The unintended consequences of the celebrity global warming movement.
12:00 AM, Apr 17, 2007 • By IRWIN M. STELZER
The result is a problem for central banks. In the past, spikes in food prices have been seen as temporary, usually weather-related, and requiring no reaction from the inflation-watchers. But this jump is different, perhaps a plateau rather than a spike: chickens and cattle are more expensive to feed, driving meat and chicken production down and the prices of eggs, beef, and dairy products up; soft drink prices are under pressure from rising sugar costs. This food inflation (world prices up 10 percent last year) is felt most keenly in poorer countries, where food costs make up a larger part of the average budget than they do in the developed world. But even in the richest countries, central bankers are wondering whether they will have to raise interest rates to cool growth sufficiently to offset the effects of rising food prices.
NONE OF THIS means policymakers should avoid confronting the possibility that the earth is warming and the further possibility that the cause is human consumption of fossil fuels. We can't be certain, despite Al Gore's movie and the heated press releases that often accompany more balanced scientific reports. But there is enough evidence to warrant sensible steps to reduce carbon emissions.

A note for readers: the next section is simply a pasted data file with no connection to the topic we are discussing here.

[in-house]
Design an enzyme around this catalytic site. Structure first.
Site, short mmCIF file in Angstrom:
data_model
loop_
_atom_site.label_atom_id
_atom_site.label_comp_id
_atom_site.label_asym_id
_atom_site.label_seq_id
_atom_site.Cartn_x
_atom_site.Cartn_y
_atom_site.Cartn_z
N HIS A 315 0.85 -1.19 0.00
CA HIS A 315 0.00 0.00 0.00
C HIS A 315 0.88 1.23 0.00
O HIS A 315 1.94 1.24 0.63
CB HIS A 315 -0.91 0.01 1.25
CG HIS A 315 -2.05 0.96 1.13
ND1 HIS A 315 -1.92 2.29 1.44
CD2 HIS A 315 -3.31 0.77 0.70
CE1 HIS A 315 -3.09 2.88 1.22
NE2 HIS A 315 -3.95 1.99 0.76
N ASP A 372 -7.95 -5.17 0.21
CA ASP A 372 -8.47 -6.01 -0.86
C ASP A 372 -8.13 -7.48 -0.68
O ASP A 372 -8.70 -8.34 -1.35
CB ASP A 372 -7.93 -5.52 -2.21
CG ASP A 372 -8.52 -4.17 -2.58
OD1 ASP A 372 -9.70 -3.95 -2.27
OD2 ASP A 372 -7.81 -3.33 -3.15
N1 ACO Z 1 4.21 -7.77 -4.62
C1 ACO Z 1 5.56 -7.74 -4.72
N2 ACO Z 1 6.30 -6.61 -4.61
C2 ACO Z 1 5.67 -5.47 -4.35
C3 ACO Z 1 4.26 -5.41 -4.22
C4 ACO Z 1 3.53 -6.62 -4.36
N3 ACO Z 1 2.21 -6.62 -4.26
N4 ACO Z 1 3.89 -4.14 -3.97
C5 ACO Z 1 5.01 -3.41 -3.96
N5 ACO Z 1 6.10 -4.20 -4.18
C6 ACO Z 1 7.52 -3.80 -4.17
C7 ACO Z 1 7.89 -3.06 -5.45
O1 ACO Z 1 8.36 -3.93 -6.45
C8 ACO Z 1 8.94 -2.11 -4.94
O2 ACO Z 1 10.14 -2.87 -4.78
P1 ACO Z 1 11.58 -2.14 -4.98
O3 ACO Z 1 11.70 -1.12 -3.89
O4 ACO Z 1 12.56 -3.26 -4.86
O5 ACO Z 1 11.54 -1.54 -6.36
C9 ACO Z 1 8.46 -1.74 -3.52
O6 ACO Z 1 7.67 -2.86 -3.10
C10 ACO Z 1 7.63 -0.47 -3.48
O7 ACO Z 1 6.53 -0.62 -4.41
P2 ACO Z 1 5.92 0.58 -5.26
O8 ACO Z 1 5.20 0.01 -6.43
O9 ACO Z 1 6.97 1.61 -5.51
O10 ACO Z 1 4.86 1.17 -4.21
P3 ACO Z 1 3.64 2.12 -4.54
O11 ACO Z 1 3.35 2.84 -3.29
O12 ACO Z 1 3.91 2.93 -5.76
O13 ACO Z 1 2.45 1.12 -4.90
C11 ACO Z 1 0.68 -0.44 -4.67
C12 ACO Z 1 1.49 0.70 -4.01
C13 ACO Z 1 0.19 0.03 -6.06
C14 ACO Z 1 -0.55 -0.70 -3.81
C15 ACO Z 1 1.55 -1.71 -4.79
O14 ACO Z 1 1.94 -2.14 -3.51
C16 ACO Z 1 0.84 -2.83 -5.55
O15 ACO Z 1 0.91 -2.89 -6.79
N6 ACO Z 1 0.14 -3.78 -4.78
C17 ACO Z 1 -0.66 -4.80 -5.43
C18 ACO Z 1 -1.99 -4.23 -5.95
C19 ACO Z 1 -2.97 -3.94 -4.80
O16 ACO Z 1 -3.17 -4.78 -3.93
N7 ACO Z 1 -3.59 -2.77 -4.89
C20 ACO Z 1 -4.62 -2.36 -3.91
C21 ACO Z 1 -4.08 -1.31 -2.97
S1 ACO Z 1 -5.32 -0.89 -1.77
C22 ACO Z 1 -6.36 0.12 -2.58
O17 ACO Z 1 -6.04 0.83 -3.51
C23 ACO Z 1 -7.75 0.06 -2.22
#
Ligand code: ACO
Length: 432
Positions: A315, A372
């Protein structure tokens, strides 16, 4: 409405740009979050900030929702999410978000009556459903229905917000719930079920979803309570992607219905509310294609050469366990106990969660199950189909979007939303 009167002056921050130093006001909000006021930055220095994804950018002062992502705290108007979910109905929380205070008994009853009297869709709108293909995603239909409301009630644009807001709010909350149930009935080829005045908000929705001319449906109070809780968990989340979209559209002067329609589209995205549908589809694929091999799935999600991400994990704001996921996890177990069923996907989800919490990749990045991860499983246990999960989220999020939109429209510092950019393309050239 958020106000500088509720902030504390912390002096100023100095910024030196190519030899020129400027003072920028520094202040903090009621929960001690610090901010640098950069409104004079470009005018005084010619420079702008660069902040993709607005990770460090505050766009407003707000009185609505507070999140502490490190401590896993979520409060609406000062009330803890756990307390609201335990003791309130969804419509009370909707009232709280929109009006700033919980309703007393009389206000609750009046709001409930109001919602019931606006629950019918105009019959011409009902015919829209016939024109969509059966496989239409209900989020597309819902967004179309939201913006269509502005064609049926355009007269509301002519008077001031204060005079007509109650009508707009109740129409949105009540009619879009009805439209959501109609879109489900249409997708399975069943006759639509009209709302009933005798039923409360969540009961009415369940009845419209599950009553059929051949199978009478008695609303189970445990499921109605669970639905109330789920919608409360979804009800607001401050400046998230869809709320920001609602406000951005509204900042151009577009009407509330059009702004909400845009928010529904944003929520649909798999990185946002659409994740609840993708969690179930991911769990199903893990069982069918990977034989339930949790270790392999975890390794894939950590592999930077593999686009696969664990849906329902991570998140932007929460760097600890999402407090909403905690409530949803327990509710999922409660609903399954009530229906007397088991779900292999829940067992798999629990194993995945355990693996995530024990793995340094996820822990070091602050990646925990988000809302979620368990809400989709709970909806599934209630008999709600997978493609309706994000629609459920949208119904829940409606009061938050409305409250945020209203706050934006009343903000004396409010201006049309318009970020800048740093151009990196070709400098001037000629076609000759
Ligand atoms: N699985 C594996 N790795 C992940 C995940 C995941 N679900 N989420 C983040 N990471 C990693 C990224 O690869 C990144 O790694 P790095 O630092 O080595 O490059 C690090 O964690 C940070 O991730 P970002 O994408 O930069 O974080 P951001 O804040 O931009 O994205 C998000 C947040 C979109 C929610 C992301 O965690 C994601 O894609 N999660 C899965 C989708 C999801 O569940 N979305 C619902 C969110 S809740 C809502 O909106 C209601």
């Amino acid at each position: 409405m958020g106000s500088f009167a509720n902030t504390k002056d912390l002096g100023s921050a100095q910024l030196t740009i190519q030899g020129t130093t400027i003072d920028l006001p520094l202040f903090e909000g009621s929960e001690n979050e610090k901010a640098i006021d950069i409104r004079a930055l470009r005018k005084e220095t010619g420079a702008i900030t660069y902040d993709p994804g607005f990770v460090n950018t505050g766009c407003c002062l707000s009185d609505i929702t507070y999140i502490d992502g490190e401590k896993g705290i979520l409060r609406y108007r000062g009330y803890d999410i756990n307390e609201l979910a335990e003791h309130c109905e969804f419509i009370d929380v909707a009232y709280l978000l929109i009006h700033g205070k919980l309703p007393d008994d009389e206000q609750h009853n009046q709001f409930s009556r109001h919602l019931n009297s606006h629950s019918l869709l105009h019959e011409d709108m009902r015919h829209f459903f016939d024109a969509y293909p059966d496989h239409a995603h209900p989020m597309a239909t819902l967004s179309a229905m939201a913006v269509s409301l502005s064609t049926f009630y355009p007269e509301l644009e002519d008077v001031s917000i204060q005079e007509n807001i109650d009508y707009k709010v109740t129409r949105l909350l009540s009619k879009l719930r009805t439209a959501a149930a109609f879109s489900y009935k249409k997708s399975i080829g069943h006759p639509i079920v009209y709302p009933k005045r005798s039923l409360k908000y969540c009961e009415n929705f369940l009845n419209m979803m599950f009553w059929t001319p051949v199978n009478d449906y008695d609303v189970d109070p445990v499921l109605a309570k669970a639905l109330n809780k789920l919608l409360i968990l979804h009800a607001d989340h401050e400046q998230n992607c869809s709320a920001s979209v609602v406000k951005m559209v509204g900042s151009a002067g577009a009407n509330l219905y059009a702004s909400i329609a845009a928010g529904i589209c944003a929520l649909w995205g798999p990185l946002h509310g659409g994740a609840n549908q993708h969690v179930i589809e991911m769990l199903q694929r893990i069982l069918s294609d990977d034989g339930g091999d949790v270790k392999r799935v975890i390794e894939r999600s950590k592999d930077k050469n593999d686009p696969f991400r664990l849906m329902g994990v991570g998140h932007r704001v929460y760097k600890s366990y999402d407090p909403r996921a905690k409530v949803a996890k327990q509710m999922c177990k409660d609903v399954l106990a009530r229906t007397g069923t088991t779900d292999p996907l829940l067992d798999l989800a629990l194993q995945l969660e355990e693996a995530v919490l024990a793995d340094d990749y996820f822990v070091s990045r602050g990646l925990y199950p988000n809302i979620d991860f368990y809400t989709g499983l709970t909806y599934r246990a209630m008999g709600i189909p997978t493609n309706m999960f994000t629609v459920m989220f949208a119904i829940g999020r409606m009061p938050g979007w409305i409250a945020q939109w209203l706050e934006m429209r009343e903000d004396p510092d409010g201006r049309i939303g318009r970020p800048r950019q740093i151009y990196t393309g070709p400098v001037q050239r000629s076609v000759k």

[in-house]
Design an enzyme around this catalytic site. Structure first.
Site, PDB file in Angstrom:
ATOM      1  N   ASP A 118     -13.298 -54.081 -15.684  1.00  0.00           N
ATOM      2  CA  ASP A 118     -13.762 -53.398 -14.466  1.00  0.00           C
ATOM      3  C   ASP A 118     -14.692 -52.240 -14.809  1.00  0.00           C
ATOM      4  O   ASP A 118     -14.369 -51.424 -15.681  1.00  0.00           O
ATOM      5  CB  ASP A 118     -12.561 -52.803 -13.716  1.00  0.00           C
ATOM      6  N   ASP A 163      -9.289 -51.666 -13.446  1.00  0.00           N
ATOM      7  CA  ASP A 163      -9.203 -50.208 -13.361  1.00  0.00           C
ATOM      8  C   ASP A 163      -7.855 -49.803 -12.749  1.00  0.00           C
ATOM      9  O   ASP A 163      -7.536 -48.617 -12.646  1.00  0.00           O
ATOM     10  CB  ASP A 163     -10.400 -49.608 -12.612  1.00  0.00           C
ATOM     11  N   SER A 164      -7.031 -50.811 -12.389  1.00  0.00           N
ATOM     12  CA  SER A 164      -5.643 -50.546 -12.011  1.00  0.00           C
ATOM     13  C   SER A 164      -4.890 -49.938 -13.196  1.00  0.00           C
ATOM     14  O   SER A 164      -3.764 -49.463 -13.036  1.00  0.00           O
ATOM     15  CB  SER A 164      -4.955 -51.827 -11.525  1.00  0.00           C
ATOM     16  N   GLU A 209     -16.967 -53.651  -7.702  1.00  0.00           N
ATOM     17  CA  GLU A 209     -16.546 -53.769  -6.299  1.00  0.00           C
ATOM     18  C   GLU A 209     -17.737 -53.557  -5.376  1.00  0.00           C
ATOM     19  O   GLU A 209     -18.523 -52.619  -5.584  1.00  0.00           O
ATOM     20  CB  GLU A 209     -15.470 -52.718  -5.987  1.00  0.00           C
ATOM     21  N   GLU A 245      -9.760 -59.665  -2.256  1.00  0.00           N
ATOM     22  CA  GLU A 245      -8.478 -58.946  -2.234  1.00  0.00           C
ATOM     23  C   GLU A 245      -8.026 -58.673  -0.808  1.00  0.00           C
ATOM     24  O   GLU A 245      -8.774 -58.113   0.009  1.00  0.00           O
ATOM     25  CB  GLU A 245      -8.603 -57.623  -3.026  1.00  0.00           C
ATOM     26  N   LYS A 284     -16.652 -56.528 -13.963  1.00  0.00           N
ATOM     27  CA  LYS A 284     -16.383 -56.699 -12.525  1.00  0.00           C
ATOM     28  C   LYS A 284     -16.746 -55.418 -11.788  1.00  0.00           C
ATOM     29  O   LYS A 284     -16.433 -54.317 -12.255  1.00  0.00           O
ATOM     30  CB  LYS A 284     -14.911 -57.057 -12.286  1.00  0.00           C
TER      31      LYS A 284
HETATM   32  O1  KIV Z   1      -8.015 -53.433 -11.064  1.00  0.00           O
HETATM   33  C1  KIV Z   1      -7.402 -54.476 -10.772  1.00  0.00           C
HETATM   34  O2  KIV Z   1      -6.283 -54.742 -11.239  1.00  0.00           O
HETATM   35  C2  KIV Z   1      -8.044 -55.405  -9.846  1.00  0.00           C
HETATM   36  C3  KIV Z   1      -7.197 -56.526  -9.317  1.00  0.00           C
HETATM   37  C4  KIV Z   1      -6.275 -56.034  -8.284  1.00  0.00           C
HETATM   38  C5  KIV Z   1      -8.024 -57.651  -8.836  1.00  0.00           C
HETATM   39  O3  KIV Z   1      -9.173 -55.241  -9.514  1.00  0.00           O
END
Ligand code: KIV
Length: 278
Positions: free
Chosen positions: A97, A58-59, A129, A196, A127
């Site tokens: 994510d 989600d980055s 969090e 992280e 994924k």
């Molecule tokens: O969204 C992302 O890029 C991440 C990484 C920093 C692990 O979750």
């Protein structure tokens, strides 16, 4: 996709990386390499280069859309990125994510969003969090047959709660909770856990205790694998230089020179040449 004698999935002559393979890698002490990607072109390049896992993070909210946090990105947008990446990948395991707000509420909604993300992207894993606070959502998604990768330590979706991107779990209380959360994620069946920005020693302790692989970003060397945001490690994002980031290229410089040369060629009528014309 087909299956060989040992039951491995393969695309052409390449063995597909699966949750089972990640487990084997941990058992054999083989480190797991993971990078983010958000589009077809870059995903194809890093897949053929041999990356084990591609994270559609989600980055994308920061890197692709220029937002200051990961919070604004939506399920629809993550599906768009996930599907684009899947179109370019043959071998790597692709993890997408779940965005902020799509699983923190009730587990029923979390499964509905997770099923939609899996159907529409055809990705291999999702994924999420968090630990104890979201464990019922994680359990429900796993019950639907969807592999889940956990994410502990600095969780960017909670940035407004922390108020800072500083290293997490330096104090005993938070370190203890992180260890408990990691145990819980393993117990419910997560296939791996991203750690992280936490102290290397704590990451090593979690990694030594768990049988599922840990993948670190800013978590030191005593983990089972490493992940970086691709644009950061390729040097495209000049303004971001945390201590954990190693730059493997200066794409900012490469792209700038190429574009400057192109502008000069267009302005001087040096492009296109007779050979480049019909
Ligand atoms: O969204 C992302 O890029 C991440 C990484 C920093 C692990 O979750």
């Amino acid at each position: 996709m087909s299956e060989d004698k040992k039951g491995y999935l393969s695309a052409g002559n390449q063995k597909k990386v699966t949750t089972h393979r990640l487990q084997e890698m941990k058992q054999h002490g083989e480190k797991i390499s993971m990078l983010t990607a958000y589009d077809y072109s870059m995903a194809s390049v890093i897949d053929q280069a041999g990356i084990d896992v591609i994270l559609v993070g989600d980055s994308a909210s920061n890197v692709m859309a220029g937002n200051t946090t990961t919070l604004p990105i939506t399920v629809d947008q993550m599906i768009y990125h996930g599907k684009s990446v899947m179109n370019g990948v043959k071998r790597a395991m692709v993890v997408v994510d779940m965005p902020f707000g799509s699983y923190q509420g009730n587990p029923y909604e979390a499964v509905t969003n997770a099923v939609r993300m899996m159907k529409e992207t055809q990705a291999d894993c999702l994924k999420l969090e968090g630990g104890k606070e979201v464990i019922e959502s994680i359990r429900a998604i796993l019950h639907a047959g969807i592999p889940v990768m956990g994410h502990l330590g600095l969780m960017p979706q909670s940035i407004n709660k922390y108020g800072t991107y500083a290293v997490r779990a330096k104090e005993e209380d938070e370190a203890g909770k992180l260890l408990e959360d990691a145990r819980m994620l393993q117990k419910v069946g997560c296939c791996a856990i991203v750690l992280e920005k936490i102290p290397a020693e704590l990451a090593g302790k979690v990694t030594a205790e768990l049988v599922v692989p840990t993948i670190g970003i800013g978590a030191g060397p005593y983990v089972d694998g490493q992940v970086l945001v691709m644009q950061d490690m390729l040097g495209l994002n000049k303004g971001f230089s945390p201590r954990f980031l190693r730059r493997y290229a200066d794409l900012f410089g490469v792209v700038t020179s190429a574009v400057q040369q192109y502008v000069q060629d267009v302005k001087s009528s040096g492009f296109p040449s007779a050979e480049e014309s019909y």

But think before you legislate. The European Union introduced an emissions trading scheme that California intends to copy--and watched greenhouse gas emissions rise by 30 million tons, or about 1.5 percent, because too many permits were issued. Europe's four biggest power producers pocketed €8 billion (about $10 billion) from the sale of their excess permits, and U.K. generators an estimated £1 billion (about $2 billion). That doesn't mean such trading schemes are inherently flawed, but it does suggest that haste makes more than a little waste.
Cap-and-trade, properly done, and carbon taxes, properly levied, should be explored as ways of getting the costs of pollution reflected in the prices consumers pay. That would provide an incentive to entrepreneurs to come up with efficient alternatives to fossil fuel consumption and relieve governments of attempting to pick winners. There are efficient ways to cut emissions, but politicians grabbing for headlines are not going to be the ones to discover them.
Irwin M. Stelzer is director of economic policy studies at the Hudson Institute, a columnist for the Sunday Times (London), a contributing editor to The Weekly Standard, and a contributing writer to The Daily Standard.